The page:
Plymouth, MN--Before an automated system welds two parts together, it must "know" whether the parts are properly clamped. If they're not--and if the system cannot distinguish that fact--it can be a nightmare for manufacturers. Costly tooling can be damaged and assembly lines shut down, resulting in losses of tens of thousands of dollars.
To combat that, engineers from Turck Inc., have developed a patented sensor that attaches directly to a clamping arm's shaft. The new system reportedly is more compact and more accurate than previous clamp-sensing techniques. It also uses less hardware.
The key to the new sensing system is that Turck engineers placed the sensor on the clamp arm's shaft, instead of in the hydraulic or pneumatic cylinders that move the arm. "Ideally, you want the sensor as close to the action as possible," notes William Eaton, chief engineer for Turck and co-inventor of the system. "But it's not practical to put a sensor on the clamping arm. So the next best place is on the shaft that connects to the arm."
Up until now, sensors were typically placed at each end of the cylinder. When the cylinder's piston was at one end of its stroke, the sensor recognized it as clamped. At the other end, it was unclamped.
But by attaching the sensor to the clamping arm shaft, Turck engineers say they've realized several advantages. First, the sensor isn't subjected to high pressures within the cylinder. Nor is it exposed to hydraulic or lubricating oils. Furthermore, it's more accurate, they say.
To accomplish all that, the new system, known as the Turck PCS sensor, "watches" the angular displacement of the clamping arm, rather than the linear displacement of the piston. It includes a stationary sensor housing and a rotating element, which moves with the clamping arm's axle.
To measure angular displacement, the rotating portion of the sensor employs a pair of mechanical programming wheels, which contain small metal sensing targets. During operation, stationary sensors in the housing detect the presence of these targets. To determine when the clamp arm is retracted, one inductive proximity sensor detects the presence of a target on the so-called "lower programming wheel." To determine when the clamping arm is extended, another sensor detects the presence of a target on the upper programming wheel. The sensors attach to a single cable, which sends their signals back to a programmable logic controller or a computer. As a result, the system "knows" if the arm is retracted or extended. Hence, it also "knows" if the part to be welded is clamped or unclamped.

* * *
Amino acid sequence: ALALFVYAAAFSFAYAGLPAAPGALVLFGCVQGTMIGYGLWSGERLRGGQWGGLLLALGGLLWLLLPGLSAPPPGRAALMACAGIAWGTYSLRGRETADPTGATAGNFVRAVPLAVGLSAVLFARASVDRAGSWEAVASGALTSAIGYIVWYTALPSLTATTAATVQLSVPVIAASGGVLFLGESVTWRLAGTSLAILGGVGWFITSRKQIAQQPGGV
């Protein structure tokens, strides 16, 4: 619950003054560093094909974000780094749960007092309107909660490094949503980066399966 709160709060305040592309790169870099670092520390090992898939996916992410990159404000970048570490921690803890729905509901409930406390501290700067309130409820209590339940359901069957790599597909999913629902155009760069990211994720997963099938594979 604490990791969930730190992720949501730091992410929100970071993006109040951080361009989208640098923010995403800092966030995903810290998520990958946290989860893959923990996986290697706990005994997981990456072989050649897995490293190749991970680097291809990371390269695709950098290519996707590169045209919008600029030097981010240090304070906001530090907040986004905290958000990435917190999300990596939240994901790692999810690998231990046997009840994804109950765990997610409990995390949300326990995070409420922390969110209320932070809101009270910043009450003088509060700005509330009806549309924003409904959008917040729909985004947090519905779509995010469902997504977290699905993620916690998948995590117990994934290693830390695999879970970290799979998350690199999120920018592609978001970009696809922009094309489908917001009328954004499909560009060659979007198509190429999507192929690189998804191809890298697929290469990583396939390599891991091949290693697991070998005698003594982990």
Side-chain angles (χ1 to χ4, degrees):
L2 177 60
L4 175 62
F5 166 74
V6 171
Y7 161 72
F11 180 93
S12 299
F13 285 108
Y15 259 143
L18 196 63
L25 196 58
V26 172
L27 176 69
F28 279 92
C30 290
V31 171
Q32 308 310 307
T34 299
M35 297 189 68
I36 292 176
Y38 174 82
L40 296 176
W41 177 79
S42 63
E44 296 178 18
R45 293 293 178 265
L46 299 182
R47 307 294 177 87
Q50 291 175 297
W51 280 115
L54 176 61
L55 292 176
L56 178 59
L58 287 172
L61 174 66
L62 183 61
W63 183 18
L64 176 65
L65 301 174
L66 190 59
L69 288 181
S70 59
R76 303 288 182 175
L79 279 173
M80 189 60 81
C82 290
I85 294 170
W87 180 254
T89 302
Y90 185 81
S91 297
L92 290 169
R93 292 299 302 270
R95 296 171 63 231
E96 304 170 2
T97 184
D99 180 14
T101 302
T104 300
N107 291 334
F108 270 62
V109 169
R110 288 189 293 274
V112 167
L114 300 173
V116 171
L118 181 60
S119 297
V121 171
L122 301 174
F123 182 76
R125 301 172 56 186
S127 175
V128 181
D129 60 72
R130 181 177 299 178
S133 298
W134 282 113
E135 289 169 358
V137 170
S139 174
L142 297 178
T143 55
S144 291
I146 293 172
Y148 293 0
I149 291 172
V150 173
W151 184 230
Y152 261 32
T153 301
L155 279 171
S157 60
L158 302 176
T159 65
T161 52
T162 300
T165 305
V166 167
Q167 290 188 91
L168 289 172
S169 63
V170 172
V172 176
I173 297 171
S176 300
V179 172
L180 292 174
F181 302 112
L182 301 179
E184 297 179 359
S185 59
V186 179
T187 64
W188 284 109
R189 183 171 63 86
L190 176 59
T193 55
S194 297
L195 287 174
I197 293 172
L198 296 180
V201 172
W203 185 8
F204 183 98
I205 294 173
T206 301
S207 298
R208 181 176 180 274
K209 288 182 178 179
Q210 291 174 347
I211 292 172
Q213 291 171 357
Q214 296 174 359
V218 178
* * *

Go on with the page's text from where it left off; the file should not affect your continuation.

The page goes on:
One of the beauties of the design is that the system's programming wheels and sensors can be used for a wide variety of clamp openings, ranging from 18 to 118 degrees. In the past, clamping sensors typically required a variety of probes and probe lengths. The new system also eliminates the use of special ports in the hydraulic or pneumatic cylinders for placement of the sensors. As a result, those ports can now be used for ducting of air or oil. The new design also reduces hardware: Because it needs only a single cable, the PCS sensor eliminates the need for an extra cable and extra connector.
During operation, the new sensing system also offers another advantage: In the unlikely event that a clamping arm breaks, the system will "know" it. In contrast, sensors placed on or near the piston have no way of sensing a broken clamp, because they monitor movement of the piston, not the clamp. Because the new technique monitors movement of the clamp itself, however, it immediately senses if the clamp is incapacitated. For many users, that may be the key advantage of the technology, because it enables them to stop the transfer line before parts are damaged.
The sensor design does require a specially designed clamp, however. Turck has teamed with De-Sta-Co Industries (Madison Heights, MI) to incorporate the sensing mechanism on clamps made for the auto industry.
For the user, the system's main advantage is that it improves the accuracy of detection. "This system is virtually foolproof," Eaton says. "You don't have to tighten it to a certain torque and you don't have to worry about pressures. You install it with three screws, connect it to your cable, and you're done."
- Material handling